Cincinnati rejoices as Bengals slay decades-old demon

Fans stayed long after the clock hit double zeros, embracing the moment, as the party in downtown Cincinnati was only just beginning. (Jack Savage/MEDILL)

By Jack Savage
Medill Reports

The record-setting crowd at Cincinnati’s Paul Brown Stadium – 66,277 fans — stood on their feet, screaming at the top of their lungs for 59 minutes and 43 seconds. Then, for a split second, during a palpable silence so intense, you almost hear all 66,277 fans in attendance groan, “Here we go again … I’ve seen how this ends.”

Holding on to a 26-19 lead over the Las Vegas Raiders with 17 seconds left to go in the game, the Cincinnati Bengals were looking to capture their first playoff victory in over 31 years. Quarterback Derek Carr drove the Raiders down the field to the Cincinnati 9-yard line, facing a fourth and goal, looking to tie the game and possibly take the lead.

“Here we go again,” sighed the city of Cincinnati. Postseason heartbreak after postseason heartbreak has become the norm in the Queen City. And in that split second, the 66,277 in attendance froze, ready for history to repeat itself. That was until Germaine Pratt happened.

Pratt jumped in front of Carr’s pass intended for wide receiver Zay Jones and picked it off, sending Paul Brown Stadium into an absolute frenzy and delivering Cincinnati’s first postseason win since Jan. 6, 1991. Pandemonium ensued as hugs and tears of joy flowed throughout the stadium.

A three-decade-long drought went up in smoke, and it was time to celebrate. Who Dey chants carried through the night and into the morning, as Cincinnati fans partied until the sun came up. The night went down in Cincinnati sports history as a victory that has the potential to change the DNA of the franchise.

The win goes beyond advancing in the playoffs and impacting this football team. It impacts the whole city and its fans who have endured the darkest of times, yet stayed loyal through it all.

“This win has given the city of Cincinnati a renewed sense of pride,” said John Blohm, 28, who witnessed a postseason victory for the first time in his life. “For the die-hard fans who have been there since day one, for all the heartbreaks and close calls, to the new generation of fans, it is just building a lifelong passion for this team and this city.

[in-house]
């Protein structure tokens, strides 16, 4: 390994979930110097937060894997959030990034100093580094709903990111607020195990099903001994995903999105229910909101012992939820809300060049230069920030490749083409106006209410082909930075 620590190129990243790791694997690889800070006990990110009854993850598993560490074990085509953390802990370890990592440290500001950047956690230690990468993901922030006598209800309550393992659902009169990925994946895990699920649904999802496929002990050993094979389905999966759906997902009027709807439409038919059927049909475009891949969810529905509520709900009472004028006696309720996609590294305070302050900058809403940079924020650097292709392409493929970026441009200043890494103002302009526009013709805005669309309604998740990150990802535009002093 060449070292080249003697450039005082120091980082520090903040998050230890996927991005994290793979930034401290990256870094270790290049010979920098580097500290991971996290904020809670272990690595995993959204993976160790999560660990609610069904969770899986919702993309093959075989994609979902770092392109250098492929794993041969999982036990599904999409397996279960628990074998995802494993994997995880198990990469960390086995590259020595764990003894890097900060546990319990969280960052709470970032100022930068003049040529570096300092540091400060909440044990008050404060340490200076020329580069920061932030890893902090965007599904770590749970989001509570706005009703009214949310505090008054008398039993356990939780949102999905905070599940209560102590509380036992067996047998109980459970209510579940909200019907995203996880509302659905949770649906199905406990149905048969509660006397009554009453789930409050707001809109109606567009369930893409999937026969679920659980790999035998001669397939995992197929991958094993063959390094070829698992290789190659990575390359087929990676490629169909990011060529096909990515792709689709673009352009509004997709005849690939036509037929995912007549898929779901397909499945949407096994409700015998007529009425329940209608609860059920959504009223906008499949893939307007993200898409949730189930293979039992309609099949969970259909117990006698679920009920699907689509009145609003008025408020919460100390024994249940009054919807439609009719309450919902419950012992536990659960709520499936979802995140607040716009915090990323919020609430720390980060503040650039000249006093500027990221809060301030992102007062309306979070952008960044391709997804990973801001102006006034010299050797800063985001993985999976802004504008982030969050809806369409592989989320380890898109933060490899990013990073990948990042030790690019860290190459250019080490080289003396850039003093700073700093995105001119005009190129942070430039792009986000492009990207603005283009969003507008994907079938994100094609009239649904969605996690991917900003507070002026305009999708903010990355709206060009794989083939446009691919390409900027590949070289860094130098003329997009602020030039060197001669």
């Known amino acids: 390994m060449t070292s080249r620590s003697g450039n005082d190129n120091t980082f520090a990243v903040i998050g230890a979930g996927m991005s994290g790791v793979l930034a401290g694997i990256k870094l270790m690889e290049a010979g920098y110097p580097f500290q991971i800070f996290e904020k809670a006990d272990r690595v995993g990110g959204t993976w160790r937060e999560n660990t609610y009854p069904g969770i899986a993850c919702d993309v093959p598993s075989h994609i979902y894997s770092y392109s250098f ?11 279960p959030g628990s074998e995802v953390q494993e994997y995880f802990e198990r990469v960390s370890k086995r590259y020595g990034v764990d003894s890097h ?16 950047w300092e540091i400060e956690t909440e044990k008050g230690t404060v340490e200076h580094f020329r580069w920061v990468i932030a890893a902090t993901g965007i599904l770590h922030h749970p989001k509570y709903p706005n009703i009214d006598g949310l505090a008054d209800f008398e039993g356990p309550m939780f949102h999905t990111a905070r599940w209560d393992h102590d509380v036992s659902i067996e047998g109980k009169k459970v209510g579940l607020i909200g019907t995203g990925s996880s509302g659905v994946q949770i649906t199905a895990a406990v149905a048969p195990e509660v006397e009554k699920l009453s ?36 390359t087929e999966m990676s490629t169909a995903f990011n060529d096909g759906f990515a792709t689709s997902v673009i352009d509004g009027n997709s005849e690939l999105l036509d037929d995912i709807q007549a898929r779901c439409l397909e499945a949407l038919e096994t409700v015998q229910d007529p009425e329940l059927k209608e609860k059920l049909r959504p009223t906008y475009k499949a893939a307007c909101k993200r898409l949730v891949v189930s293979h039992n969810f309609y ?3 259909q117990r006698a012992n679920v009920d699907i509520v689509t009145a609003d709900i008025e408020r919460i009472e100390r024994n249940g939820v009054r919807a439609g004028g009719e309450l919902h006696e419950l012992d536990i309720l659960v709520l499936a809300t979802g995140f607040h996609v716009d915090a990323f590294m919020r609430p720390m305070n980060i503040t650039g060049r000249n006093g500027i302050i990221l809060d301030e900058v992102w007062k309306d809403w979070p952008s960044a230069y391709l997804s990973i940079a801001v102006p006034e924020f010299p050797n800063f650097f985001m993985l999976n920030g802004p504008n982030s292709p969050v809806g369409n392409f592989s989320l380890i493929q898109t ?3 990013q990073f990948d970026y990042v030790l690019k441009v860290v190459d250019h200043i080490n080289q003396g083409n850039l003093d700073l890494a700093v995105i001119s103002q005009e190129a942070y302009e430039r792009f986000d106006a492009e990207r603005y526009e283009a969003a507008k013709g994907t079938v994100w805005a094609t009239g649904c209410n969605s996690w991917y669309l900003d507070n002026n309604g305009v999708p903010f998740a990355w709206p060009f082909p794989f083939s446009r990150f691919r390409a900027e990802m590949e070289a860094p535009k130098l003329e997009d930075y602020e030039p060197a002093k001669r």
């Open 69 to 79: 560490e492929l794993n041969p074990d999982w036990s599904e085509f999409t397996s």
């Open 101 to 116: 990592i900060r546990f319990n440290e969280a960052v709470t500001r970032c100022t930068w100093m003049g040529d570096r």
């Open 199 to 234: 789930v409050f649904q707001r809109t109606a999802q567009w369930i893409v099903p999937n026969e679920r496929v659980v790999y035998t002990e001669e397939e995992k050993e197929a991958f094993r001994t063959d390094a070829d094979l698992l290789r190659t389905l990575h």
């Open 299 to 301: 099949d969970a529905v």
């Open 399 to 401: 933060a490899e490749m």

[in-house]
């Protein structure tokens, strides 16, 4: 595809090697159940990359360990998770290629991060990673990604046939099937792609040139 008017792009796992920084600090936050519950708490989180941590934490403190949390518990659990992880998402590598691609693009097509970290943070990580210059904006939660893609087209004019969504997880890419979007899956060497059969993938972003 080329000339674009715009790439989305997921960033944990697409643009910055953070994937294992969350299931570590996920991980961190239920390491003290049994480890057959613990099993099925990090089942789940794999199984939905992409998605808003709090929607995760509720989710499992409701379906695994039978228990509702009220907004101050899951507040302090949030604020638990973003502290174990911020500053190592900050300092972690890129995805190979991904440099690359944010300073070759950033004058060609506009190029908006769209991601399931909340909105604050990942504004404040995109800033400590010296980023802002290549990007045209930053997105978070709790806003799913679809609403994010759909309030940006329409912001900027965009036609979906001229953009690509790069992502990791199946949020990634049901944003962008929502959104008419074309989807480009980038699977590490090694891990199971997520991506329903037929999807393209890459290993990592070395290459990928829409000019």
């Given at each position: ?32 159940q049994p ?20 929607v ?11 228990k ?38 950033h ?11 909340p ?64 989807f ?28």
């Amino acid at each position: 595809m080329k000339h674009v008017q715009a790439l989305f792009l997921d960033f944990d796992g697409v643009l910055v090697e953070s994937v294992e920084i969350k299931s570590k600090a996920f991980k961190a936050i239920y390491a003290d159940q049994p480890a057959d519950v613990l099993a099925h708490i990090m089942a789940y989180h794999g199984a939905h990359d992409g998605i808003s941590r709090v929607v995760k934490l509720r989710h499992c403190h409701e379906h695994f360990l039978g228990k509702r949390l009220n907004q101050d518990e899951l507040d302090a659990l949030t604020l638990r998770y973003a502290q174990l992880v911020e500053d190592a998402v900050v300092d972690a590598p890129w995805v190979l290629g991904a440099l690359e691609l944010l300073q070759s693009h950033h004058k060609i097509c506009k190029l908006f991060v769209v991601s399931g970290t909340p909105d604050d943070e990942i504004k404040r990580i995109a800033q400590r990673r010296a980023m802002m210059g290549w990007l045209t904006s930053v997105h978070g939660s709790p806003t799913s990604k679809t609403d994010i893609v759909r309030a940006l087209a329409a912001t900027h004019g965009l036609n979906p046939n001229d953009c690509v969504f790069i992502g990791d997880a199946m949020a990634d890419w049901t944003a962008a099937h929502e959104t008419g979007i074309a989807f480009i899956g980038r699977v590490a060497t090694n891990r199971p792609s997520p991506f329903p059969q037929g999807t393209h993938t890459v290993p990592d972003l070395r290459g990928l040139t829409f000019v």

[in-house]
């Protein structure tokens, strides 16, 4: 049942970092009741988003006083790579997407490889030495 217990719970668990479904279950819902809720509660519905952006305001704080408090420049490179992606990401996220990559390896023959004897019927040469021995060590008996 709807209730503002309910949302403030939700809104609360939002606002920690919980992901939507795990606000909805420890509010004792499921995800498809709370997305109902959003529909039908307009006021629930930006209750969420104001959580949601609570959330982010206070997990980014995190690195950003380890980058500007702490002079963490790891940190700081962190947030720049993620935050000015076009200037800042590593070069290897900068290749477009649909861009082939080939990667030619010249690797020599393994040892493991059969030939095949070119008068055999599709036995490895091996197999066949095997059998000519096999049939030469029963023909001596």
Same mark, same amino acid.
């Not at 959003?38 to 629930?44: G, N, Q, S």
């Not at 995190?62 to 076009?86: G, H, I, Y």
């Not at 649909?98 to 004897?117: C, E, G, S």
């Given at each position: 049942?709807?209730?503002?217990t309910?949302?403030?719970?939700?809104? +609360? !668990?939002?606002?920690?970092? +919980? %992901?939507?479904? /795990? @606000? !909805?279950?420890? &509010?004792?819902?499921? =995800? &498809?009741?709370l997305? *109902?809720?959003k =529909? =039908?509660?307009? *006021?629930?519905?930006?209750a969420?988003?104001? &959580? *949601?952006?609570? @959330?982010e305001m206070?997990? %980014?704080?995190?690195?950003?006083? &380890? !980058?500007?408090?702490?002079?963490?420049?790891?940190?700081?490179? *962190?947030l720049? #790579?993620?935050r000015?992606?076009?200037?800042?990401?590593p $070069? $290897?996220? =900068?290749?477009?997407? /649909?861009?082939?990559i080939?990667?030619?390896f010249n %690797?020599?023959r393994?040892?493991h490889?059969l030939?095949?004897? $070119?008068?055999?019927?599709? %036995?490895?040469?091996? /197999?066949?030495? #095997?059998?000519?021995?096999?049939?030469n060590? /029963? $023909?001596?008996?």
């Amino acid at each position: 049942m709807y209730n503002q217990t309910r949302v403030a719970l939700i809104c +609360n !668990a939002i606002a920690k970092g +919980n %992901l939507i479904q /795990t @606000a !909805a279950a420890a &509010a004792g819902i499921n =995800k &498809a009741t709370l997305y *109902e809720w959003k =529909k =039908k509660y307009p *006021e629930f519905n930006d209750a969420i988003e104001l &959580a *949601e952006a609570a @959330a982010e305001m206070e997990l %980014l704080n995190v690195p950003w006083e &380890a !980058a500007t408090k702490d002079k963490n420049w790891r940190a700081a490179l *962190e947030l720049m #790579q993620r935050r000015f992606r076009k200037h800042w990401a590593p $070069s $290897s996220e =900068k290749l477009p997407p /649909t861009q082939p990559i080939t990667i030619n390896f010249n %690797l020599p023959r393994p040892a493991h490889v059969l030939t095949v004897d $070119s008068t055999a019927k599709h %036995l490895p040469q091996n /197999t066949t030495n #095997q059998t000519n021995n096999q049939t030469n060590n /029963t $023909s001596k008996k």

“[Head coach] Zac Taylor giving game balls to the city of Cincinnati and going to the bars and handing them out himself just shows you how much culture truly matters and how much pride this team has for the city,” Blohm continued. “The drought is over, and now we can exhale and enjoy the ride.”

There seems to be a spirited energy surrounding the Cincinnati Bengals these days, slaying their demons of old. The Pittsburgh Steelers? Handled. Prime-time games? No problem. Playoff drought that suffocated the franchise and city? Vanquished. These aren’t the same old Cincinnati Bengals.

“This season … this season was different,” said Melissa Toole, 52, a lifelong Bengals fan. “It brought the fans and city joy, watching this young and hungry team, competing hard and having fun. For 31 seasons we were disappointed, getting let down again and again. It gets exhausting.

“That’s why this win means so much for the city. These players love playing for the Bengals and for the city. It really shows. They have brought excitement and joy to the city during a time when everyone needs something to cheer for.”

The moment had finally arrived for this iteration of the Cincinnati Bengals, and unlike many teams of the past, this team, Joe Burrow’s team, seized it. Less than two years after being drafted and one devastating knee injury later, Burrow has raised the expectations around this franchise.

“The fans were very excited,” Burrow said in his news conference the morning after. “I tried to downplay it and all that because this is how it’s going to be from here on out. This is a great win for us, but this is the standard for the bare minimum every year going forward.”

The people of Cincinnati better get used to days like Saturday, because Joe Burrow doesn’t plan on going anywhere.

Jack Savage is a sports reporter at Medill. You can follow him on Twitter at @jackksavage.

Editor’s note, Jan. 27, 2022, 4:45 p.m.: This story has been updated to correct that Las Vegas quarterback Derek Carr’s pass was intended for wide receiver Zay Jones.